Technical definition and fundamental characteristics of the O-Ring.
The O-Ring is a toroidal shaped ring. The term O-Ring can be broken down into “O” indicating the shape of the cross-section (in this case O, i.e. round) and “ring” indicating the ring.
Thanks to its simple shape and a wide choice of materials and dimensions, the O-Ring is an efficient and economical sealing element used for a wide range of static and dynamic applications, for double acting, axial and radial seals.
To explain the operation of an OR you need to understand Pascal’s hydrostatic principle: “in a fluid at rest in a closed container, a pressure change in one part is transmitted without loss to every portion of the fluid and the walls of the container”.
An elastomer reacts like a fluid with high viscosity. Therefore, when compression is exerted on an elastomer O-Ring, the pressure propagates unaltered in all directions of the cross-section, generating forces that counteract the pressure of the fluid to be contained allowing the seal.
“Compression and pressure exerted by the O-Ring under stress”
Classic definition according to the Deutsches Institut für Normung
DIN standards (the German Standard-setting Organisation) describe the “technical seal” as:
- Static Seal: when the seal is assured without leakage of liquids and minimum leakage of gas by diffusion.
- Dynamic Seal: when a minimum loss of liquid or gas is generated which forms a film on the coupled sliding surfaces (the minimum loss helps to lubricate the sliding parts).
How can you benefit from using an O-Ring?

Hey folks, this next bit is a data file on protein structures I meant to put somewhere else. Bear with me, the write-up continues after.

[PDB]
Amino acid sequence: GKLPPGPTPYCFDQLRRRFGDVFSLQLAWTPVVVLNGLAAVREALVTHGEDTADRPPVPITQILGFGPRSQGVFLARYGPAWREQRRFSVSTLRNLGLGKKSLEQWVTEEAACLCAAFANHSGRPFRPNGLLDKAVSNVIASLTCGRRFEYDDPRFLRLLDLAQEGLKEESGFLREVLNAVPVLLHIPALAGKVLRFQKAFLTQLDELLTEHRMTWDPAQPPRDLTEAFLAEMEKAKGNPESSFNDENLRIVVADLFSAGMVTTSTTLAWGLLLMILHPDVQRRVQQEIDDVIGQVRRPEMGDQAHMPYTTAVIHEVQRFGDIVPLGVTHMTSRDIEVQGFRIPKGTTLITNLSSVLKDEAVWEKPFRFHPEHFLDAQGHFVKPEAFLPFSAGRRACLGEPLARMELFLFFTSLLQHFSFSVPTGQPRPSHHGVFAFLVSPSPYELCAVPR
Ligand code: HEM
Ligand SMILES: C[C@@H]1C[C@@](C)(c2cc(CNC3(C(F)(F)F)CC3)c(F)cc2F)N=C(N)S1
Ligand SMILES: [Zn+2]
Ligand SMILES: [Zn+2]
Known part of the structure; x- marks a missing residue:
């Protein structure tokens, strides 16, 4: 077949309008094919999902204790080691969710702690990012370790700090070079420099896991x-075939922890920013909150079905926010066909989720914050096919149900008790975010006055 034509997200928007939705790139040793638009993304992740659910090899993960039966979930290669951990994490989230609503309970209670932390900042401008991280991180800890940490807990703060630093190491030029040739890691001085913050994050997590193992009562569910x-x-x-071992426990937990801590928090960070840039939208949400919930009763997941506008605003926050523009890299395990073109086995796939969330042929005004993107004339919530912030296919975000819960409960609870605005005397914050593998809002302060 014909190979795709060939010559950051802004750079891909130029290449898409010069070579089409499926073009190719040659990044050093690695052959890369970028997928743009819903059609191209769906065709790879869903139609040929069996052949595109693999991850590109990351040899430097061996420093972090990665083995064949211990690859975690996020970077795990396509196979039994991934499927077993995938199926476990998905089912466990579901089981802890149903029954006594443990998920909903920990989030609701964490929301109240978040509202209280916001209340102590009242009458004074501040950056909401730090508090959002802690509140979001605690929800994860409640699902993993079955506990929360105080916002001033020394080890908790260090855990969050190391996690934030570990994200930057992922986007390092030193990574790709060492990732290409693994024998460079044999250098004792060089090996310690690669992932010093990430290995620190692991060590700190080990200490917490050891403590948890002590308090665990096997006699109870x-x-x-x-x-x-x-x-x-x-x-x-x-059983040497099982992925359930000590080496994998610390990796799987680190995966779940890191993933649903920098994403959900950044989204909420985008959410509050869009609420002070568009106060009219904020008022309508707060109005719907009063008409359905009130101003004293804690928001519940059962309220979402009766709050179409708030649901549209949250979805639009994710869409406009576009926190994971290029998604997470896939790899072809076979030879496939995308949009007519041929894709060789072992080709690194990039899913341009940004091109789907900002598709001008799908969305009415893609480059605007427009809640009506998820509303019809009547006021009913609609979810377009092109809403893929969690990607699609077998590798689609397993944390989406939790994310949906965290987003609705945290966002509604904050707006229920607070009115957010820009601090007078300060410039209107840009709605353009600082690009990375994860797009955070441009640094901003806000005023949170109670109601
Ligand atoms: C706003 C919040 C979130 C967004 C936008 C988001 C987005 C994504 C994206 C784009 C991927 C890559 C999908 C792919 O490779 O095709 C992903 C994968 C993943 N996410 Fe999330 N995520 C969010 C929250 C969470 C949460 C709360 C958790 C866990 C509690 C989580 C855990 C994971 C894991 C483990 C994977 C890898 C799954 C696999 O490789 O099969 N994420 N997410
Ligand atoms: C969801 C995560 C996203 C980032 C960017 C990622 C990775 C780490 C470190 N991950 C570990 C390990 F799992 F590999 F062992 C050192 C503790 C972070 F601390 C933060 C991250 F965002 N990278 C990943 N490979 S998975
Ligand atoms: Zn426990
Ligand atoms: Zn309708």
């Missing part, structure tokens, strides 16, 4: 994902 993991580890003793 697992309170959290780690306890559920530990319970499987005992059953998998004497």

Thanks to its simple shape, the O-Ring has a wide range of advantages over other sealing elements:
- it is economical and enables low-cost solutions;
- the simple design of the cavity reduces equipment design costs;
- assembly is simple and protected from tampering risks;
- it can be applied to a wide range of static, dynamic single or double-acting sealing problems;
- a wide choice of compounds is available to suit most contact fluids and gases.
The first O-Ring patent is dated 12 May 1896 and was filed in Sweden by J. O. Lundberg. In the United States, however, the O-Ring patent was registered in 1937 by the 72-year-old Danish Niels Christensen, a turner who arrived in America in 1891.
Despite filing several lawsuits, his intellectual property passed from one company to another as far as Westinghouse.
During the Second World War, the US government declared the O-Ring essential for the war, allowing other companies to produce it. Niels Christensen received a payment of $75,000 and, after his death and many lawsuits, additional compensation of $100,000 to his descendants.
Would you like to find out how we produce our O-Rings?
Visit the dedicated page and discover how ORINGONE gives life to these simple products with non-standard dimensions and features, completely customizable without mould making costs.